An extremely unusual public meeting of high-ranking Israeli and Saudi officials took place in Washington on Thursday, when the incoming director-general of the Israeli Foreign Ministry shared a stage — and shook hands — with a Saudi general who is a former top adviser to the Saudi government, Time of Israel reports.
It is not secret that the newly appointed director of Israel’s foreign ministry, Dr. Dore Gold, met Thursday in Washington with high-level Saudi representatives. On the agenda: the impending agreement between world powers and Iran about its nuclear program, I24news reports.
Anvar Ashki, 72, has assumed various posts in Saudi Arabia and is currently the director of the Strategic Research Center in Jeddah. He is closely connected to the royal family. He is a proponent of the 2002 Saudi Arab Peace Initiative. That proposal would see normalization of ties between Israel and Arab League members.
In their back-to-back addresses to the Washington-based Council on Foreign Relations think tank, Dore Gold and Anwar Eshki both espoused Israeli-Saudi peace and identified Iran as the chief threat to regional stability.
Eshki spoke at length of Iran’s hostile and aggressive actions in the region and signaled that peace with Israel, based on the Saudi-led Arab Peace Initiative, was a top priority. He also spoke of the need for a joint Arab military force to increase regional stability.
This is when Israel besieged Gaza and its action to expand occupied settlement are faced with international opposition and Saudi Arabia entered in 3rd month of continuously attacks to Yemen.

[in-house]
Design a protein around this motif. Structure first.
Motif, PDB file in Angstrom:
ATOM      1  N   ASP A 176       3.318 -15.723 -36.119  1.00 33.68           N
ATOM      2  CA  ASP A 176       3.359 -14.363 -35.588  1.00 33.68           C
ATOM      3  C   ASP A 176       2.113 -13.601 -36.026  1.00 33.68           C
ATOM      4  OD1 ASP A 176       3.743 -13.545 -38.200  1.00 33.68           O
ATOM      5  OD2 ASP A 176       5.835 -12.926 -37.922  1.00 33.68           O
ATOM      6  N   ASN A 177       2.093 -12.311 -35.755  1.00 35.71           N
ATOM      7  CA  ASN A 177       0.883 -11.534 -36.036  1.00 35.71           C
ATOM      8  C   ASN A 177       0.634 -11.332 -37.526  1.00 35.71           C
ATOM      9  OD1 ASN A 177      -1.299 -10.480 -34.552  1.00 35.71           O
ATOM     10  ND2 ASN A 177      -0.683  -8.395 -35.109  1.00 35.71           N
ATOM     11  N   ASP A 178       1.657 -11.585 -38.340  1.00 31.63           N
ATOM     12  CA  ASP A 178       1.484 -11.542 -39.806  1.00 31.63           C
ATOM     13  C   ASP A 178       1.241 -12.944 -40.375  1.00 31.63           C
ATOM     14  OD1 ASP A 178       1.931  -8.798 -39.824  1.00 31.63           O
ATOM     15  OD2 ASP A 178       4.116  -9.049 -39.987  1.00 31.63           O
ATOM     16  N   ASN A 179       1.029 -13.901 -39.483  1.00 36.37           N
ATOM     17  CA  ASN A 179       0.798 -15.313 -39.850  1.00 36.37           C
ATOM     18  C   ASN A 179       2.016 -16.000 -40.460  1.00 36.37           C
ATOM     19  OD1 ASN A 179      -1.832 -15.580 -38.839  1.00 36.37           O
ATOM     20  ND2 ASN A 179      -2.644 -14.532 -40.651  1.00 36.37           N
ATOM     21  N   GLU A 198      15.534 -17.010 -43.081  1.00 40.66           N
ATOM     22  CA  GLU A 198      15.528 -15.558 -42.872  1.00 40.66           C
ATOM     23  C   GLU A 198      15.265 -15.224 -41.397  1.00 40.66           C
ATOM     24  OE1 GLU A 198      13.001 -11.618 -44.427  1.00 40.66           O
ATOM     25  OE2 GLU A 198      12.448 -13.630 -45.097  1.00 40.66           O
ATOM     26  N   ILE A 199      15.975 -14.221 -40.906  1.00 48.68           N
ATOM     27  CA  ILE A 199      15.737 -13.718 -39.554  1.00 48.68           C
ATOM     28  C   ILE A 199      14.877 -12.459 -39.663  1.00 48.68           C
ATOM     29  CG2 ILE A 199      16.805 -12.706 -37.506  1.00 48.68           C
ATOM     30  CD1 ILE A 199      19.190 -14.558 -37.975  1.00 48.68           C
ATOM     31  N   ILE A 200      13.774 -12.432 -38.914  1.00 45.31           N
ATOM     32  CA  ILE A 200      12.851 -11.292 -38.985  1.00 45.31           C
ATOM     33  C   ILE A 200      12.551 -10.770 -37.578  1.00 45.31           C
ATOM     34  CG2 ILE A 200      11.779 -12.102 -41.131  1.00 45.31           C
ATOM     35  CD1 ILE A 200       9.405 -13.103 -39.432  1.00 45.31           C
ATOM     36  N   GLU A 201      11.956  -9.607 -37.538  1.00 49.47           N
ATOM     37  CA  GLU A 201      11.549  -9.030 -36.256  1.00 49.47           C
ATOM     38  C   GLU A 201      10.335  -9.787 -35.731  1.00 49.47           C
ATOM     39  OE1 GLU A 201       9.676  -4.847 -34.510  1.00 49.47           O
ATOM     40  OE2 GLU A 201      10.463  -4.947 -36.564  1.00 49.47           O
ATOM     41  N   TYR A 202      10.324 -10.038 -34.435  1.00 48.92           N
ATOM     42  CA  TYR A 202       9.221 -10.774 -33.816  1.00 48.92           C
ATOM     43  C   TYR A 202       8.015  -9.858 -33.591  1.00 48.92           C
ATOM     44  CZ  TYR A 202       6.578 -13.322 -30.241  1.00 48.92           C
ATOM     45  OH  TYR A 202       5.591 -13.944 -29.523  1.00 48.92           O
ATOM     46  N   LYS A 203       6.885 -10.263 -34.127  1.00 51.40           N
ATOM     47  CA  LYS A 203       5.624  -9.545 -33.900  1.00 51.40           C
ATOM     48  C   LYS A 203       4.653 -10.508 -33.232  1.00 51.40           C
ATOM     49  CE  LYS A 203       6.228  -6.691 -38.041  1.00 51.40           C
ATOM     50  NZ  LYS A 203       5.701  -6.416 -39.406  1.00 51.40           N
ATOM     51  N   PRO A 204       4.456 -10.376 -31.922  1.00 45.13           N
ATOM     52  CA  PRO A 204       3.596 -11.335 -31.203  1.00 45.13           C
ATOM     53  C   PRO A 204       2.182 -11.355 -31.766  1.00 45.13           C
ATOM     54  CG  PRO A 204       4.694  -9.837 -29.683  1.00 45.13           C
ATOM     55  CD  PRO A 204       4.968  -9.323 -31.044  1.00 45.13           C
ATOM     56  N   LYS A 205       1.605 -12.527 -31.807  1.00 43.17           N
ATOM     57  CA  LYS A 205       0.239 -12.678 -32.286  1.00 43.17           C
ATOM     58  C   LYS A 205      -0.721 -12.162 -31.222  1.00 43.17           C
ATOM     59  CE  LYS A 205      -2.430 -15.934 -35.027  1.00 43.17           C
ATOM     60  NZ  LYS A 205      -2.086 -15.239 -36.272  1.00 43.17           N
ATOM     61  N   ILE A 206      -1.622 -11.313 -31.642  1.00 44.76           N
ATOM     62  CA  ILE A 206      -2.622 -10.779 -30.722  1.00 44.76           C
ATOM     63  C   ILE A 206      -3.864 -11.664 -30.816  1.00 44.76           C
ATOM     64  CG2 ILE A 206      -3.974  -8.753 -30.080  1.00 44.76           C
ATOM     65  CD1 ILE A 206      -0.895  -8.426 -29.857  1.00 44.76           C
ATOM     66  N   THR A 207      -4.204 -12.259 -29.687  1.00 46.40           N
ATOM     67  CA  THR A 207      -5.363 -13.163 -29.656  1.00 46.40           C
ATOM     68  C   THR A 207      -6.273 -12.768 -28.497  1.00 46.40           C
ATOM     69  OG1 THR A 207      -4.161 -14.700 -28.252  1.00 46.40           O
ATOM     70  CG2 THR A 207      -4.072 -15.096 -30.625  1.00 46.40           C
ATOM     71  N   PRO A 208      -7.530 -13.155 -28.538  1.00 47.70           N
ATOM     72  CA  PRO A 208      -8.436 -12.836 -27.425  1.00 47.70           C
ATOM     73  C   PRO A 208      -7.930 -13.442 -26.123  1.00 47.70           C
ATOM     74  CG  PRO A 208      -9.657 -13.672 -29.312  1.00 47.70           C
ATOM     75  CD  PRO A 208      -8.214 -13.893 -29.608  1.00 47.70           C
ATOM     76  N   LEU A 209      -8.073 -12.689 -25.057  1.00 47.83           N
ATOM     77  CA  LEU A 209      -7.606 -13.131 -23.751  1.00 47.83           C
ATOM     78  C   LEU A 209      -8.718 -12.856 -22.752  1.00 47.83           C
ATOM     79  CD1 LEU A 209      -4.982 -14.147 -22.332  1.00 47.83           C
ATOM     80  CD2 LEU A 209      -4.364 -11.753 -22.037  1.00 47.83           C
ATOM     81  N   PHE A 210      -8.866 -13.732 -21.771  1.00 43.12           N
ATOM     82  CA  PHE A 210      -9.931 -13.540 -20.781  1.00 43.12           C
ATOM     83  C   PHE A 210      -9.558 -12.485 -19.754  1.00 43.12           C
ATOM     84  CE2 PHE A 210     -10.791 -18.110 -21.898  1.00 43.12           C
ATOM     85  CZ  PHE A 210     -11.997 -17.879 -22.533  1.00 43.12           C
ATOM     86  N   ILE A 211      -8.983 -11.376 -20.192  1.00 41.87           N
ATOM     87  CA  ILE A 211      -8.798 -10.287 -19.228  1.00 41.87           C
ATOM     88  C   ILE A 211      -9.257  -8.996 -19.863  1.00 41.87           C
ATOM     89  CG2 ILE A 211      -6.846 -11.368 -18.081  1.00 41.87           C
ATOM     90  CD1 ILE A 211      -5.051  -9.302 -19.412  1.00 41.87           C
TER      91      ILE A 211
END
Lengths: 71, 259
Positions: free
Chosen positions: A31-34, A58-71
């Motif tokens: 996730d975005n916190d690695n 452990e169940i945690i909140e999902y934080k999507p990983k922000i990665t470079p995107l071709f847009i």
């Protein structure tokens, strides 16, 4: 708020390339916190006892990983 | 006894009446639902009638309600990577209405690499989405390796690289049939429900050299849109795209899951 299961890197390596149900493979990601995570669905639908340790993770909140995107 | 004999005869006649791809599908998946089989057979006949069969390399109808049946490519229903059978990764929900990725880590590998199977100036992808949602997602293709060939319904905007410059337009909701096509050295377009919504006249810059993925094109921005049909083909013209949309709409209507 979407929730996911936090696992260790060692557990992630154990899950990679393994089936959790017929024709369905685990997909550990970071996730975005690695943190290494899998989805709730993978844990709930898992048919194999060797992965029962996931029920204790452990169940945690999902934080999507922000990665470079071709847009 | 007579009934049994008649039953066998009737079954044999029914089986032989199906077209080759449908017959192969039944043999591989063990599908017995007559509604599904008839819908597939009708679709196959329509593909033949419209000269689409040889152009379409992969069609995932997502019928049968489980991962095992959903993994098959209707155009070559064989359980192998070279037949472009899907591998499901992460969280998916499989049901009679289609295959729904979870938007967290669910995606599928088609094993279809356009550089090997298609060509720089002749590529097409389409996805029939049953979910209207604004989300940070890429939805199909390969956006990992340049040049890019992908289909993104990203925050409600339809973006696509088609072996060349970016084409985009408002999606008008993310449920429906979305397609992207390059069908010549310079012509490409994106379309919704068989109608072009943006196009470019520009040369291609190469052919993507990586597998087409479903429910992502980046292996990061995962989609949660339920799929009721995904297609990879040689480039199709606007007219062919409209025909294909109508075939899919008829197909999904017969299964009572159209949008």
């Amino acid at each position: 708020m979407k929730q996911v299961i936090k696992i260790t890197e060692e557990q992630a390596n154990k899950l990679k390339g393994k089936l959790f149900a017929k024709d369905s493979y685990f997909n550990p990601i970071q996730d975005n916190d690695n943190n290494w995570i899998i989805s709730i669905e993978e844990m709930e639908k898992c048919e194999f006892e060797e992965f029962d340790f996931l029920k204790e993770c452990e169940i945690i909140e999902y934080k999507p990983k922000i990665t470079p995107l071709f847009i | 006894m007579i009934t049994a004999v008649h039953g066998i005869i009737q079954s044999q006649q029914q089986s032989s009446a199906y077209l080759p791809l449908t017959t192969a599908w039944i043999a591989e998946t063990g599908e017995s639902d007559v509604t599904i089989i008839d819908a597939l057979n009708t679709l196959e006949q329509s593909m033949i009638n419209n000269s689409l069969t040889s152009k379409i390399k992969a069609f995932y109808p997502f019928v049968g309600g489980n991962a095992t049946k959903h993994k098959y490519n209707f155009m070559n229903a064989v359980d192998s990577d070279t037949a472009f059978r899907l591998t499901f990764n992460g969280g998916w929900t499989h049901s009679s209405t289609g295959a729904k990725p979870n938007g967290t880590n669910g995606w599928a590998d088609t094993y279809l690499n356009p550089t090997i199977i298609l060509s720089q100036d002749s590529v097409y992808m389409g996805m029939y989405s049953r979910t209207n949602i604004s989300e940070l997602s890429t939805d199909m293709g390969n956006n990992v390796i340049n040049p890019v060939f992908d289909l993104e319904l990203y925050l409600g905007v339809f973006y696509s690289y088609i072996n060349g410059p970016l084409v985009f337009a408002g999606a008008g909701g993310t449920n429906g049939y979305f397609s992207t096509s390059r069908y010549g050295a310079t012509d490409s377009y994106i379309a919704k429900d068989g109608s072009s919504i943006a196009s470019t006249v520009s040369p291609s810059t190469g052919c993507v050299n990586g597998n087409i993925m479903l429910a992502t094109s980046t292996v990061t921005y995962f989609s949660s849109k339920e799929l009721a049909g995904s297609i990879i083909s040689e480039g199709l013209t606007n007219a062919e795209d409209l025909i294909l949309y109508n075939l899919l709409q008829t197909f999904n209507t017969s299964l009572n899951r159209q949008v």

Gold, the current head of the Jerusalem Center for Public Affairs think tank, is expected to be confirmed as the Foreign Ministry chief in the coming days. He too spoke of the challenge posed to the Middle East by Iran, and warned of a weak nuclear accord with Tehran which would leave the Iran as a nuclear threshold state.
Bloomberg News reported that the two side, longtime foes with no diplomatic relations( not in public but very serious in secret), have held five clandestine meetings over the past 17 months on the threat posed by Iran. Long-rumored back-channel talks between Jerusalem and Riyadh have never been officially confirmed.
Shimon Shapira, described by Bloomberg as an expert on Lebanese Hezbollah who took part in the meetings, said: “We discovered we have the same problems and same challenges and some of the same answers.”
While Gold and Eshki expressed hope that 2 sides could find common ground in the face of regional challenges.
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